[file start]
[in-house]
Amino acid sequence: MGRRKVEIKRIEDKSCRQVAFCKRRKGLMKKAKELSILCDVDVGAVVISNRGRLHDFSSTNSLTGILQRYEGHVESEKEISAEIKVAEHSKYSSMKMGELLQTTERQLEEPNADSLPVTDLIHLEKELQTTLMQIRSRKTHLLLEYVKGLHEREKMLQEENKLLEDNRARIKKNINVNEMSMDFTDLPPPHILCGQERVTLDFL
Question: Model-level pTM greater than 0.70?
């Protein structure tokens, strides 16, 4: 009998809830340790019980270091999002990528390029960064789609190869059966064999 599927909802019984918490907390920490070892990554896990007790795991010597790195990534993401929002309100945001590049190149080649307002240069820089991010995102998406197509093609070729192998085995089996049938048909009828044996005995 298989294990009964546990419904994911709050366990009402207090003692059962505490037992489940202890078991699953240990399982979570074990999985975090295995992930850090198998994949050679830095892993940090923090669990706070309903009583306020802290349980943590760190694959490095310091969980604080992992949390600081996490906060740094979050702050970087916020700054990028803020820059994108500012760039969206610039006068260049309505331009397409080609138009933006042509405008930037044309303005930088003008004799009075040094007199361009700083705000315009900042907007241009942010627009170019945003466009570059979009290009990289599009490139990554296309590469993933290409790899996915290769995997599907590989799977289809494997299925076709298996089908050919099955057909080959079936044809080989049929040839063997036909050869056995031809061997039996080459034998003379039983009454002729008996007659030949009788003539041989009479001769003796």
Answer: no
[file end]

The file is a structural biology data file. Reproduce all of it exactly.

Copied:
[in-house]
Amino acid sequence: MGRRKVEIKRIEDKSCRQVAFCKRRKGLMKKAKELSILCDVDVGAVVISNRGRLHDFSSTNSLTGILQRYEGHVESEKEISAEIKVAEHSKYSSMKMGELLQTTERQLEEPNADSLPVTDLIHLEKELQTTLMQIRSRKTHLLLEYVKGLHEREKMLQEENKLLEDNRARIKKNINVNEMSMDFTDLPPPHILCGQERVTLDFL
Question: Model-level pTM greater than 0.70?
């Protein structure tokens, strides 16, 4: 009998809830340790019980270091999002990528390029960064789609190869059966064999 599927909802019984918490907390920490070892990554896990007790795991010597790195990534993401929002309100945001590049190149080649307002240069820089991010995102998406197509093609070729192998085995089996049938048909009828044996005995 298989294990009964546990419904994911709050366990009402207090003692059962505490037992489940202890078991699953240990399982979570074990999985975090295995992930850090198998994949050679830095892993940090923090669990706070309903009583306020802290349980943590760190694959490095310091969980604080992992949390600081996490906060740094979050702050970087916020700054990028803020820059994108500012760039969206610039006068260049309505331009397409080609138009933006042509405008930037044309303005930088003008004799009075040094007199361009700083705000315009900042907007241009942010627009170019945003466009570059979009290009990289599009490139990554296309590469993933290409790899996915290769995997599907590989799977289809494997299925076709298996089908050919099955057909080959079936044809080989049929040839063997036909050869056995031809061997039996080459034998003379039983009454002729008996007659030949009788003539041989009479001769003796």
Answer: no